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Django Reinhardt: Django and His American Friends

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Assembled from Reinhardt’s immense discography, this three-disc set features most of his recorded collaborations with American musicians. Presented in chronological order and spanning from 1935 to 1945, the 57 performances reflect the stylistic changes during that period of not only swing in general, but also Reinhardt’s overall improvisational approach to the guitar.

Featured on half of the 16 tracks, Coleman Hawkins dominates the first disc, contributing expressive, seamless tenor choruses to a brisk reading of “Avalon,” an easy grooving “Honeysuckle Rose,” and a frantic “Crazy Rhythm,” which also includes Benny Carter on alto. Django plays with his typically eccentric Gypsy-inspired aplomb, and longtime partner Stephane Grappelli alternates between violin and piano. Other featured Yanks include trumpeter Bill Coleman and pianist Garnet Clark.

All of the tracks on the second disc are from 1937; performances featuring Bill Coleman and violinist Eddie South predominate. Here a handful of duos and trios stand apart from the usual small group settings. At times sounding an awfully lot like Eddie Lang, Django accompanies South on “Eddie’s Blues,” while “Bill Coleman Blues” features a laid-back dialog between muted trumpet and a rhythm guitar part peppered with quirky chordal punctuations. Grappelli joins South and Reinhardt for some intricate, tandem fiddle work on swing interpretations of two pieces by J.S. Bach and “Fiddle Blues,” which features a curious double-violin underpinning that supports the guitar solo.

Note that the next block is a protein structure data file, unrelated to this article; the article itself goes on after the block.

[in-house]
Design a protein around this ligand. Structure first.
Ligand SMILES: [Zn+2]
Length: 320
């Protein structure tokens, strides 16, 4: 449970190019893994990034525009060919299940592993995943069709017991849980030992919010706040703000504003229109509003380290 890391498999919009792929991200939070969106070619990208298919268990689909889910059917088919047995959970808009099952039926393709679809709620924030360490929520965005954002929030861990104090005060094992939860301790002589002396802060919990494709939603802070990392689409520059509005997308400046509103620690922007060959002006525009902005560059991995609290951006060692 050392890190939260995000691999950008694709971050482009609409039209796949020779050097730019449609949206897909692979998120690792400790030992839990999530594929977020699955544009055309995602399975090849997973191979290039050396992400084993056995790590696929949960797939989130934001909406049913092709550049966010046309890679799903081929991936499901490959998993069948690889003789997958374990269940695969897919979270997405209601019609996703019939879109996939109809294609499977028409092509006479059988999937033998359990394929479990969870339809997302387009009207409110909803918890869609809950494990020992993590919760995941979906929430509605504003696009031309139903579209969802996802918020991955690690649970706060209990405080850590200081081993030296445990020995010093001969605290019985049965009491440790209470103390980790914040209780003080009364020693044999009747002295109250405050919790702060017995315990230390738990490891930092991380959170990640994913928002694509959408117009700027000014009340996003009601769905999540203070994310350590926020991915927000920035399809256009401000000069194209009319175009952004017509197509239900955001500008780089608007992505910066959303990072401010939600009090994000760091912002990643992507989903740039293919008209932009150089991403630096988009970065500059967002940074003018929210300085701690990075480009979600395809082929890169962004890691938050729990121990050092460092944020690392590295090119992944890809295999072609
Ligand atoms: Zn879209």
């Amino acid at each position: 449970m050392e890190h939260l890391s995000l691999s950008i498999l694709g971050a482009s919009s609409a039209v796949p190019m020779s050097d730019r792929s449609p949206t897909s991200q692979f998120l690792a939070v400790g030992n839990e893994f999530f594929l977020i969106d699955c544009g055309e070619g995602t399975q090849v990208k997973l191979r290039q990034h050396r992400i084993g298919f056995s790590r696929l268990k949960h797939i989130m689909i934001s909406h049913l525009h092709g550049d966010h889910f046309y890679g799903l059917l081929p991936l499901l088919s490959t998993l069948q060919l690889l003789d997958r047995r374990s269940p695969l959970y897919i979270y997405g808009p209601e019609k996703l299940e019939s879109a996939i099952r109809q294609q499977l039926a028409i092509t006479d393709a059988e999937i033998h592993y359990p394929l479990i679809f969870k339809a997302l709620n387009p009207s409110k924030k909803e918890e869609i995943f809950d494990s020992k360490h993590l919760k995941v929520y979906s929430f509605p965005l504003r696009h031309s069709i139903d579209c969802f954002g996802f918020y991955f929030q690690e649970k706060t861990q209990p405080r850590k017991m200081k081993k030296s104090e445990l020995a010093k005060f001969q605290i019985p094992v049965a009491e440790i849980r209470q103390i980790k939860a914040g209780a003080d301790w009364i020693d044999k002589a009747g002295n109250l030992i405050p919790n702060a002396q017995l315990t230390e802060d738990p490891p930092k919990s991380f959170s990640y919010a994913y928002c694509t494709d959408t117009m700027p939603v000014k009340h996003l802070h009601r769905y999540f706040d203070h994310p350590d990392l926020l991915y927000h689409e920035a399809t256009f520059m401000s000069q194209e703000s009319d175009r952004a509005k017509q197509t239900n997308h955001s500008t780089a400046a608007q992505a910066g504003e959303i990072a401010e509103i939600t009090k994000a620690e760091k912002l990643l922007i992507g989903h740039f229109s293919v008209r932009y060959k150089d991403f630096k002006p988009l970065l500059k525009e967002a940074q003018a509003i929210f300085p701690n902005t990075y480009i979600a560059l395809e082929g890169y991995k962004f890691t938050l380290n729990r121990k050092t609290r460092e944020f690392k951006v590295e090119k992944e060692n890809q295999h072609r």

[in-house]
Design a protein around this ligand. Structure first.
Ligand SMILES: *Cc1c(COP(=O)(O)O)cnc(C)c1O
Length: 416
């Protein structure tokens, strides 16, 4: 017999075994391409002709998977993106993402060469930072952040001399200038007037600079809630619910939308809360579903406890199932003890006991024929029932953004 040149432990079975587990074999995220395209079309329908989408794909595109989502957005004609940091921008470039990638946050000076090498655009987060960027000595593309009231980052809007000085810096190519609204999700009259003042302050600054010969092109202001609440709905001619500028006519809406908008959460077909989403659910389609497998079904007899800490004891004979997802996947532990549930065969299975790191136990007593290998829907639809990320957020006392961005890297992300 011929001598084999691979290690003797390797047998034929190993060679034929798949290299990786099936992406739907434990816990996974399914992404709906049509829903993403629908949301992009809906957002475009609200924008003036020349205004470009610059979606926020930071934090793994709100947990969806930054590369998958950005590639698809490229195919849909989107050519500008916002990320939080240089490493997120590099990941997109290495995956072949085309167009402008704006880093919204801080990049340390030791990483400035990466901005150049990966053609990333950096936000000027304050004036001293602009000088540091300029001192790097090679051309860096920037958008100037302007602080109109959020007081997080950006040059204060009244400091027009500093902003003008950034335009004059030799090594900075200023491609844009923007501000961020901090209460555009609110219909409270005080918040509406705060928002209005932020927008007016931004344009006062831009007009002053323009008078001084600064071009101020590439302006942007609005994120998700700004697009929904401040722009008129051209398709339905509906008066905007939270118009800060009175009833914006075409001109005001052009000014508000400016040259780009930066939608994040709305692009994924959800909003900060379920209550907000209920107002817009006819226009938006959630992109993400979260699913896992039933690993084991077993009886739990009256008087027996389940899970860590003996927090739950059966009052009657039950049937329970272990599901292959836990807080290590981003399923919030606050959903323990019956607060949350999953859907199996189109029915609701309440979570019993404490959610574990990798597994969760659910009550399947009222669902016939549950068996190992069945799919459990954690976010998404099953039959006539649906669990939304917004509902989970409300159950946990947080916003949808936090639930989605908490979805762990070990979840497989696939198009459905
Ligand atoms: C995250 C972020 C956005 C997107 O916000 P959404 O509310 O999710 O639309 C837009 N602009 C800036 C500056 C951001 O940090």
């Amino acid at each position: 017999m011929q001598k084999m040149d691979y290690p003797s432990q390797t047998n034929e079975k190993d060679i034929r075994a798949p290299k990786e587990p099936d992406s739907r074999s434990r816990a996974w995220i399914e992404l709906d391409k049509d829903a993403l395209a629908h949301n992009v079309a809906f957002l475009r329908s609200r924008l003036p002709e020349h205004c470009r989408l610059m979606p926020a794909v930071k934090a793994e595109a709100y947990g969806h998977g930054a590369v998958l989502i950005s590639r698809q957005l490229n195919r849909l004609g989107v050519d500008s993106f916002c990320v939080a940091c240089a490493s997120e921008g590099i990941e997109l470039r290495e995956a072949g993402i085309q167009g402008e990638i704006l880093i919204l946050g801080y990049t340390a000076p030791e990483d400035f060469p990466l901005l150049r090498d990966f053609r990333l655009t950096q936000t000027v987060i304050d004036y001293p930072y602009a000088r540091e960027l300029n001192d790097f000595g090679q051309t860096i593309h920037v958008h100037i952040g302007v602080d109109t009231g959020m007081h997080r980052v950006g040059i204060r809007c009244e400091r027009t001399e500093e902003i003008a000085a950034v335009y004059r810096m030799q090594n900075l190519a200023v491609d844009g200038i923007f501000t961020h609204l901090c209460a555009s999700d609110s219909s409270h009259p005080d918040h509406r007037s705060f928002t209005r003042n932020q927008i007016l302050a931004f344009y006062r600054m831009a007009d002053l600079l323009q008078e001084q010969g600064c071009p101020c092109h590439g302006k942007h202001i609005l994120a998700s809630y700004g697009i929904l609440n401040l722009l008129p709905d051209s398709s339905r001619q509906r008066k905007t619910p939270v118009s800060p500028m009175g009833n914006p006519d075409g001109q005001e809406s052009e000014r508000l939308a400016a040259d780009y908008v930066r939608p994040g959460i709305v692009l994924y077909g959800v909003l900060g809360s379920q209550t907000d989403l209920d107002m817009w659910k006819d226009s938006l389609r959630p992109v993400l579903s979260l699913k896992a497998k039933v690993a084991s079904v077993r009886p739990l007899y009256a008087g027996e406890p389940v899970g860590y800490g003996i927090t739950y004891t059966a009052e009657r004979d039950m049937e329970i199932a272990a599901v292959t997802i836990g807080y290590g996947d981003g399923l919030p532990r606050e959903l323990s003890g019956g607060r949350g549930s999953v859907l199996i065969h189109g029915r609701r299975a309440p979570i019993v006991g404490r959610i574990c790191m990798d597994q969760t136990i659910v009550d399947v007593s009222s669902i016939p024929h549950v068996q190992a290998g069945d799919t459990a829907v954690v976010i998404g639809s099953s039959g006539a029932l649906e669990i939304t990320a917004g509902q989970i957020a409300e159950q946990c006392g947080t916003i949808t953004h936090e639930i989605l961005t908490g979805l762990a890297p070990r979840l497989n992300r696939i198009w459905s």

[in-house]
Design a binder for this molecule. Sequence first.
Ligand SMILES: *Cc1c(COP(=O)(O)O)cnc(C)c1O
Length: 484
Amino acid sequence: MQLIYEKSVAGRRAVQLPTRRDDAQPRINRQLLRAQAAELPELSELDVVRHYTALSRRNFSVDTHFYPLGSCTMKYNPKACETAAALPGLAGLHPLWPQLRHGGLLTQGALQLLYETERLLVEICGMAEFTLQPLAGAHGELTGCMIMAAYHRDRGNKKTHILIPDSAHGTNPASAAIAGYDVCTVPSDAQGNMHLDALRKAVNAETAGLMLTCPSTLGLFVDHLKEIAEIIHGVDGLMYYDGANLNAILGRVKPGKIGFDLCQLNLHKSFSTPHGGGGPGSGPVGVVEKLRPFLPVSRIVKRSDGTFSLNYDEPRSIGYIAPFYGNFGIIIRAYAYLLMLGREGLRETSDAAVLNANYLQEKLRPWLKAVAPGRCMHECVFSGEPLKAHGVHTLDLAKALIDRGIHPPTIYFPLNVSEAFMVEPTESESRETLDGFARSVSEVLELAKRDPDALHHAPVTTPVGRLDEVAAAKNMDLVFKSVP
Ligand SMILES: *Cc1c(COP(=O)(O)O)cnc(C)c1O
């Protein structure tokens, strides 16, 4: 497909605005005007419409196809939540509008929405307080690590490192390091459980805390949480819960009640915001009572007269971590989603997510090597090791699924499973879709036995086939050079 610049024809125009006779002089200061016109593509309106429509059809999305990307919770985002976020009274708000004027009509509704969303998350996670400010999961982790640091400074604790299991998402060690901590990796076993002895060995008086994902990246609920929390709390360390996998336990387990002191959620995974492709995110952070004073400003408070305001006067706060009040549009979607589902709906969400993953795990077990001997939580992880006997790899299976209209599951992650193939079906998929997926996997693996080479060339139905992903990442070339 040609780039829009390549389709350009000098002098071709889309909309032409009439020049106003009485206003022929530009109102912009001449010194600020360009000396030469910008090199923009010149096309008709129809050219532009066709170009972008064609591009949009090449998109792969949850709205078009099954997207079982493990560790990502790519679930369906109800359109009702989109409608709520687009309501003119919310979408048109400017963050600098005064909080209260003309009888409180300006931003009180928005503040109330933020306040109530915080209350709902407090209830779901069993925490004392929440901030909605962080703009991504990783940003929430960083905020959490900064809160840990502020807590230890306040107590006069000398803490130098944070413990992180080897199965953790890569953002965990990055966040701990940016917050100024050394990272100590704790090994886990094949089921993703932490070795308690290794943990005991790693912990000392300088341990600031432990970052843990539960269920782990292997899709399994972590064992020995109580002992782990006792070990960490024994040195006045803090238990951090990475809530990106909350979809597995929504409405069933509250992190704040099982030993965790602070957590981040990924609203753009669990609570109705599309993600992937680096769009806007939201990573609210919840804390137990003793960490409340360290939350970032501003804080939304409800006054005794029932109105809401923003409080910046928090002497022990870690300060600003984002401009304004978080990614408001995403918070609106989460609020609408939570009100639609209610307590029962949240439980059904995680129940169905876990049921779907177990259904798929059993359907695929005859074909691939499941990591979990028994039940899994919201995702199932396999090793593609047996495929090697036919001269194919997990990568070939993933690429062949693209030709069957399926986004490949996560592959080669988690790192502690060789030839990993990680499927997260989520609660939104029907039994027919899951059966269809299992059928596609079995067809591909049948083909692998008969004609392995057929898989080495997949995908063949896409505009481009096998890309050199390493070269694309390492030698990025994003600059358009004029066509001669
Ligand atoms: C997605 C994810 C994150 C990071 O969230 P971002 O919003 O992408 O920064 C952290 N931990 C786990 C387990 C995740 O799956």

The continuity of the material on disc three is interrupted by a war years gap from 1940 to 1945. Prewar performances include “Blue Light Blues” with Benny Carter (this time on trumpet), “Low Cotton” with clarinetist Rex Stewart, and “I Got Rhythm” with harmonica virtuoso Larry Adler, whose amazing facility does little to offset the novelty aspect of his instrument. Django turns in some of his best work on the 1945 tracks with his American Swing Band (directed by Jack Platt), including bluesy, spaciously phrased chorus on “Swing Guitars” and “Are You in the Mood.”

One of the more conceptually astute repackagings of Django’s work, this set finds him in good company throughout, largely unencumbered by the oft-criticized plodding rhythm sections that he frequently recorded with.